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POLITICAL NOTEBOOK: Are Hilleary, Bryant the future or past of the GOP?
Mar 07, 2005 12:00 am
The Republican field for the 2006 U.S. Senate race in Tennessee is already crowded. Certainly, the embryonic GOP primary is an affair of quantity and not quality.
In fact, the GOP field with one notable exception is not really scraping the bottom of the barrel as much as it is plumbing the recycle bin.
Former Congressmen Val Hilleary and Ed Bryant are the bookend twins of the GOP revolution if 1994 in Tennessee. A decade ago now, Hilleary and Bryant were swept into office amid the country's first early bout with Bill Clinton malaise, a political movement that changed the face of Tennessee and American politics.
What Hilleary and Bryant both had in spades was ambition. What they lacked was staying power and perspective.
Both men sought to climb off their perennial status in the Congressional back benches in 2002 and reach for higher office. Both of them failed while facing much deeper thinkers and better political minds.
Hilleary lost a close race to now Gov. Phil Bredesen, the man who proved as long as one is basically conservative, being elected in Tennessee still has little to do with being a Democrat or a Republican.
Bryant lost a lopsided primary battle to now Sen. Lamar Alexander. Bryant positioned himself as the grassroots conservative in the race and tried to live off his one 15-minute slice of fame – deposing Clinton flame and "that woman" Monica Lewinsky.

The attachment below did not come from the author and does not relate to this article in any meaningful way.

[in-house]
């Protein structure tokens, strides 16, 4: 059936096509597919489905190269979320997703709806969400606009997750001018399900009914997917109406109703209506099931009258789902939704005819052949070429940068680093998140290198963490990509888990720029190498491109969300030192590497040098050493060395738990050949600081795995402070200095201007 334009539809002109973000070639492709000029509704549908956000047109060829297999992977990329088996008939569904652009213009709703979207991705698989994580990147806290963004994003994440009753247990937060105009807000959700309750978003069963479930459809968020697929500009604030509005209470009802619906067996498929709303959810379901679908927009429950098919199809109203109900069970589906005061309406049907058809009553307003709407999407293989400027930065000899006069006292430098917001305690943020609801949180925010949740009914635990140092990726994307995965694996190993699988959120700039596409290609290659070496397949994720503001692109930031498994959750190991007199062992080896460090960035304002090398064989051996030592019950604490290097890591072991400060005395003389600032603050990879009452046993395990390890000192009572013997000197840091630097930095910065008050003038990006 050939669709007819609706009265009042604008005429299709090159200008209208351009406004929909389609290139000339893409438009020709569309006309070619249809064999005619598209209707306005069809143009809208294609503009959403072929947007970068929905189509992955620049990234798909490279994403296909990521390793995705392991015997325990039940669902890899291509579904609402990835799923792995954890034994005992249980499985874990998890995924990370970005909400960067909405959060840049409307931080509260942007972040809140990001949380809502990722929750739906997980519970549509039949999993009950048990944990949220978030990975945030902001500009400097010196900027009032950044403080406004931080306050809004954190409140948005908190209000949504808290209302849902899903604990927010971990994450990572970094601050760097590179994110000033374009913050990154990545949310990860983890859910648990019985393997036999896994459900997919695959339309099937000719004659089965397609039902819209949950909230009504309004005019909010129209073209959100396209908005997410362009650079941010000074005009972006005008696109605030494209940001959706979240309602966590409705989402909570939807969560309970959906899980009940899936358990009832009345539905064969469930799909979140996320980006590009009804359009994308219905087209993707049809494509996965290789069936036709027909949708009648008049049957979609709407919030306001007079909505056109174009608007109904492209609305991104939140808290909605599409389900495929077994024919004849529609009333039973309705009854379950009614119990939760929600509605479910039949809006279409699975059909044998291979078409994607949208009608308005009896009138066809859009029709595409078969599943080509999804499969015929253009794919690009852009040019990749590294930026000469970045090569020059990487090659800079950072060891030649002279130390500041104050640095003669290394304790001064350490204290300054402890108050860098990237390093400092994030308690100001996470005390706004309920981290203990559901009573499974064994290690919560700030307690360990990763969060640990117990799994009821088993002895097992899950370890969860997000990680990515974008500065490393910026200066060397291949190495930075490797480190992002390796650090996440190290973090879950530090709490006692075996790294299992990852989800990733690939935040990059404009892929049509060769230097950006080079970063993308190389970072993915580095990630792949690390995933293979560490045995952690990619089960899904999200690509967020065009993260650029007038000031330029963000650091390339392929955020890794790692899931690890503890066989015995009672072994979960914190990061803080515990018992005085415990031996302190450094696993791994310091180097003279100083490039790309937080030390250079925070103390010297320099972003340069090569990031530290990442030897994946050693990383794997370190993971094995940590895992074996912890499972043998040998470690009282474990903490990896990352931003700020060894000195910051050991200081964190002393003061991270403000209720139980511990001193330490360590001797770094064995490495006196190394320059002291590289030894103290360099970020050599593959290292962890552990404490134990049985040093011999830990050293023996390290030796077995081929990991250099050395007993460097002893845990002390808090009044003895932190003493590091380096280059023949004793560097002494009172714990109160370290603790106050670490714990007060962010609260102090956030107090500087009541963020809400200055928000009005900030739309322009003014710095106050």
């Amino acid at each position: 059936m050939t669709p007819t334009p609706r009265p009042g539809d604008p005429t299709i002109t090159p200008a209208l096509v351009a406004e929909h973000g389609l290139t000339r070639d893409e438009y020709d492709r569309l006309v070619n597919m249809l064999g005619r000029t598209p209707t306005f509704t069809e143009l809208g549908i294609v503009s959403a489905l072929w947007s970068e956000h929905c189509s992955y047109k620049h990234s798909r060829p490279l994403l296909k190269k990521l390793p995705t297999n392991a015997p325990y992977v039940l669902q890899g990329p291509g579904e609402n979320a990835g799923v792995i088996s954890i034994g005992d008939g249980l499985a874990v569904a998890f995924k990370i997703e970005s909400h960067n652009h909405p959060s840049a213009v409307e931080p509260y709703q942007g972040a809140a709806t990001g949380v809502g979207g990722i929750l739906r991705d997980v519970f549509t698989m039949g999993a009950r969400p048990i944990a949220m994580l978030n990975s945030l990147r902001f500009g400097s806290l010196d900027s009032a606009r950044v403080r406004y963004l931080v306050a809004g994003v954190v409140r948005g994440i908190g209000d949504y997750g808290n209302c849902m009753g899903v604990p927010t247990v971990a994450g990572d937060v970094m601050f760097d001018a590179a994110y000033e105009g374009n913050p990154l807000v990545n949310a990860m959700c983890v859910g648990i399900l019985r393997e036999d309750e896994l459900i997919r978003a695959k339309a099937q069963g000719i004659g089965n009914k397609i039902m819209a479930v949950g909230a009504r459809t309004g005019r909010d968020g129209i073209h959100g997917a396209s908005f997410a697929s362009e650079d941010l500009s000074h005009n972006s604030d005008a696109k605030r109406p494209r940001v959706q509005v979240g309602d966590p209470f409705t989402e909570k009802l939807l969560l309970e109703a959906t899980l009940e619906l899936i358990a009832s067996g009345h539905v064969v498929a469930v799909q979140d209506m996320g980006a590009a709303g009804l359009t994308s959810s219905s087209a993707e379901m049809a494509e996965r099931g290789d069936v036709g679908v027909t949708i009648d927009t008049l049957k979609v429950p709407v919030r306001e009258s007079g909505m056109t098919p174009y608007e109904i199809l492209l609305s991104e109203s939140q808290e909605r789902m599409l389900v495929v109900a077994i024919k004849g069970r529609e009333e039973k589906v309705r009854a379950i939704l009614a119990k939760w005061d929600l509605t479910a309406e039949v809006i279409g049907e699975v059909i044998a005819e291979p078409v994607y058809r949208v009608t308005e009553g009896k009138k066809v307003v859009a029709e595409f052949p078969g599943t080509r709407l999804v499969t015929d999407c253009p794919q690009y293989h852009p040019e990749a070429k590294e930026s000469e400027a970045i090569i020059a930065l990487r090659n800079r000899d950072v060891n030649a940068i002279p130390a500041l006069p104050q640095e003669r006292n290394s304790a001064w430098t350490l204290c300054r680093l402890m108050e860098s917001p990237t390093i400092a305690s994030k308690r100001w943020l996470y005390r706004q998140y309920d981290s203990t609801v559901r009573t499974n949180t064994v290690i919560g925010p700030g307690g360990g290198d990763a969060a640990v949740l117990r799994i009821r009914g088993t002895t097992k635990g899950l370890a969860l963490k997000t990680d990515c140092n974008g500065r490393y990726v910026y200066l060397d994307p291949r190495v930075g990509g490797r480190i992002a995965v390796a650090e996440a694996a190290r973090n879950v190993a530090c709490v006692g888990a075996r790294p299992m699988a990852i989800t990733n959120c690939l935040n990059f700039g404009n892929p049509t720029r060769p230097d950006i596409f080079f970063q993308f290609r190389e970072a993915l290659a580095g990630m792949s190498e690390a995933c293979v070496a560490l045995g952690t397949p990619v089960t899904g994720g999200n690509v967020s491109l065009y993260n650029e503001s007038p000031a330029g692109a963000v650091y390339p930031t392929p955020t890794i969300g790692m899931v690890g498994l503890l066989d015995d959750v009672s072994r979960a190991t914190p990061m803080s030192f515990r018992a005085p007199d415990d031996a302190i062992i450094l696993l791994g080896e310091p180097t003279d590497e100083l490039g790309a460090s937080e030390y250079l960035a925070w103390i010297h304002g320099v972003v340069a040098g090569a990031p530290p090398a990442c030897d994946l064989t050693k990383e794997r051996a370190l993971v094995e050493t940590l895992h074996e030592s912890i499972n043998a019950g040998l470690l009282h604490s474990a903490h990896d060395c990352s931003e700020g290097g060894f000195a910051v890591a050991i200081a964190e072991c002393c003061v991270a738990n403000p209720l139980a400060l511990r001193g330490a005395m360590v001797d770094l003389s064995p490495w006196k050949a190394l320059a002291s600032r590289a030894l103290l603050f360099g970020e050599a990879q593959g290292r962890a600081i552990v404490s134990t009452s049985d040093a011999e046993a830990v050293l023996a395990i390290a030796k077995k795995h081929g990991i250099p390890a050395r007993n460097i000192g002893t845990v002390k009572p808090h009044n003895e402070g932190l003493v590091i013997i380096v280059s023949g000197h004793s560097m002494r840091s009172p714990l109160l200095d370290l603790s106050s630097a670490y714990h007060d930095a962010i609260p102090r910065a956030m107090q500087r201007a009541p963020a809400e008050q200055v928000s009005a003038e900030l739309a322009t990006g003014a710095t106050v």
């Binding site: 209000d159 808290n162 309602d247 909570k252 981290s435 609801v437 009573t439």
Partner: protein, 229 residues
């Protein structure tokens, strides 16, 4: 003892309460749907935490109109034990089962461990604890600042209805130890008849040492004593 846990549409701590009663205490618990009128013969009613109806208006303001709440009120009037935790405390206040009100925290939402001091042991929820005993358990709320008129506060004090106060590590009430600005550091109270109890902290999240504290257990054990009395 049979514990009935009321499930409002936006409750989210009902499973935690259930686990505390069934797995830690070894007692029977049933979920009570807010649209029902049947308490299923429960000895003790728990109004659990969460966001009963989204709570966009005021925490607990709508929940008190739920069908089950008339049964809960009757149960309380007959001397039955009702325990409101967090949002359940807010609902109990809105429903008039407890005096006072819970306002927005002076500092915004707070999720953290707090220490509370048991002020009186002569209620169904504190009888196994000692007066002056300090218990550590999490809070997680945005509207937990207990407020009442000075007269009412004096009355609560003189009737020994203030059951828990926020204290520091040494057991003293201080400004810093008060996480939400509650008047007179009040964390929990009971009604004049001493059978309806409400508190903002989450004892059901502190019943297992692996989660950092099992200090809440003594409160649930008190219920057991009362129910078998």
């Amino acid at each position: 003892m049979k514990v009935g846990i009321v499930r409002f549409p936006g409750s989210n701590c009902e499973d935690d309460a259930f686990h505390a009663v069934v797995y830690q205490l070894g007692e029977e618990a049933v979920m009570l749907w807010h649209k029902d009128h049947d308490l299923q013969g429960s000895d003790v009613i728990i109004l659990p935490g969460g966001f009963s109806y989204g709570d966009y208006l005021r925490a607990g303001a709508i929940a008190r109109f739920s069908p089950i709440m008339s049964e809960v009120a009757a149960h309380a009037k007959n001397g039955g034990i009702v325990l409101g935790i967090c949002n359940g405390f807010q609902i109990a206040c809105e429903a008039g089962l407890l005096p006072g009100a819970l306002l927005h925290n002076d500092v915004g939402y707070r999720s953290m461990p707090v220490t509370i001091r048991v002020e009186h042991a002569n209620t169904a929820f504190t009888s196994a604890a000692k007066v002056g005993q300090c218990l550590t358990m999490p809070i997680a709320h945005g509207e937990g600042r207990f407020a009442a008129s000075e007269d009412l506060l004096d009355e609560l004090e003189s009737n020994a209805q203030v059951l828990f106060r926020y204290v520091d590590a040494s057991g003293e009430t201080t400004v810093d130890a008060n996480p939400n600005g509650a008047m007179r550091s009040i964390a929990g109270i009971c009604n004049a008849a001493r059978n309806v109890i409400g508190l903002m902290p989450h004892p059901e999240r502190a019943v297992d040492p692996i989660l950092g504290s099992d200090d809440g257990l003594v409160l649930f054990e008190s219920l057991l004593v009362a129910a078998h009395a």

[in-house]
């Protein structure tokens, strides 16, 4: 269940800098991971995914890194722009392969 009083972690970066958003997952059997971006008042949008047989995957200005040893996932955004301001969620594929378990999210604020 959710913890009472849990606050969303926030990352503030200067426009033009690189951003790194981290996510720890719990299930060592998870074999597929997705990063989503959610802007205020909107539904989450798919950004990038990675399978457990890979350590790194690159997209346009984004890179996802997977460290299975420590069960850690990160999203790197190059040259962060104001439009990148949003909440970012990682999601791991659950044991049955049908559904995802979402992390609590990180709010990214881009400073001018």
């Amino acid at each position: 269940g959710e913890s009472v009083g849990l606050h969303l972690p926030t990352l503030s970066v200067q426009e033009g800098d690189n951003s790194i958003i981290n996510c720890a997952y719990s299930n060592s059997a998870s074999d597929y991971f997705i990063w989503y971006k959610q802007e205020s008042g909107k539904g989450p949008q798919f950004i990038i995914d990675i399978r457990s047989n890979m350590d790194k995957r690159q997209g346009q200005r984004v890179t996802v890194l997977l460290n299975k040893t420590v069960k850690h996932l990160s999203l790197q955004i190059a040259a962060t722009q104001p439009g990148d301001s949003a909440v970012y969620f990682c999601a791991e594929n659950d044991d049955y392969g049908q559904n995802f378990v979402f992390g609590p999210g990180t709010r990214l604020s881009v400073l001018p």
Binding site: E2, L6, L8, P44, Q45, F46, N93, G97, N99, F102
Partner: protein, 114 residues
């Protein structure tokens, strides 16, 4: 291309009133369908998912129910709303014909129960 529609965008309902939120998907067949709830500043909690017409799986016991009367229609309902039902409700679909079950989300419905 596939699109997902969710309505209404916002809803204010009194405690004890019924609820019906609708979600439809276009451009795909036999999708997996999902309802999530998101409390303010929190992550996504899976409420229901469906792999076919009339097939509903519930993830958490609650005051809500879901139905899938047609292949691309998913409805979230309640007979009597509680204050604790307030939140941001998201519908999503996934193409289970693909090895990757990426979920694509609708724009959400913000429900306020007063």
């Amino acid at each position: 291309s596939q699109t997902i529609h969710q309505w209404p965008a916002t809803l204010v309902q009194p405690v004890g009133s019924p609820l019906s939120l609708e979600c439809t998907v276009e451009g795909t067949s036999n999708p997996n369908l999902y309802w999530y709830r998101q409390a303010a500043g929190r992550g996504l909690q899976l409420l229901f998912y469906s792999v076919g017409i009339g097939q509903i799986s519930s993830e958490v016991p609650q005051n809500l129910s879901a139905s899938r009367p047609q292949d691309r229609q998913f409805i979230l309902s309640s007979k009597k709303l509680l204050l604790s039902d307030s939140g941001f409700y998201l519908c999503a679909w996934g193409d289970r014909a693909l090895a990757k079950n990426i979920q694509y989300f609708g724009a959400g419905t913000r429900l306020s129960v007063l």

In retrospect, it is a fair question to ask if Tennessee is not much better off without Bryant and Hilleary serving in higher office.
Alexander appears ready to carry on the statesman tradition of other Tennessee Republicans in the senate, most notably Howard Baker and more recently Bill Frist.
Bredesen has proven there still are two political parties in Tennessee, and his management of the TennCare crisis while not pleasing to liberals in his own party has been admirable, professional and refreshingly frank.
Ultimately, Bryant and Hilleary may simply keep the GOP's best statewide candidate out of the general election mix – Chattanooga Mayor Bob Corker.
Corker is a millionaire businessman who is regarded by members of both parties as somewhat of a financial guru if not an outright great thinker in matters of public policy and budgeting.
However, though his fund-raising has far outpaced both Bryant and Hilleary, both of the former Congressmen have a very substantial head start in name recognition among likely GOP voters due to their own statewide races.
Perhaps the only saving grace for dedicated Republicans is the likely Democratic nominee, Congressman Harold Ford Jr., appears to have put his own budding senate campaign on hold.
The young congressman from Memphis appears intent on letting the drama surrounding his uncle, embattled State Sen. John Ford, play out before getting into the senate race in earnest.
At some point, though, Tennessee Republicans are going to have to take a long look in the mirror and ask themselves whether they want to look forward or backward. The good old days of Newt Gingrich and the Contract with America are gone.
Are Bryant and Hilleary the future or the past of the Tennessee GOP? It is a question only a primary season can answer.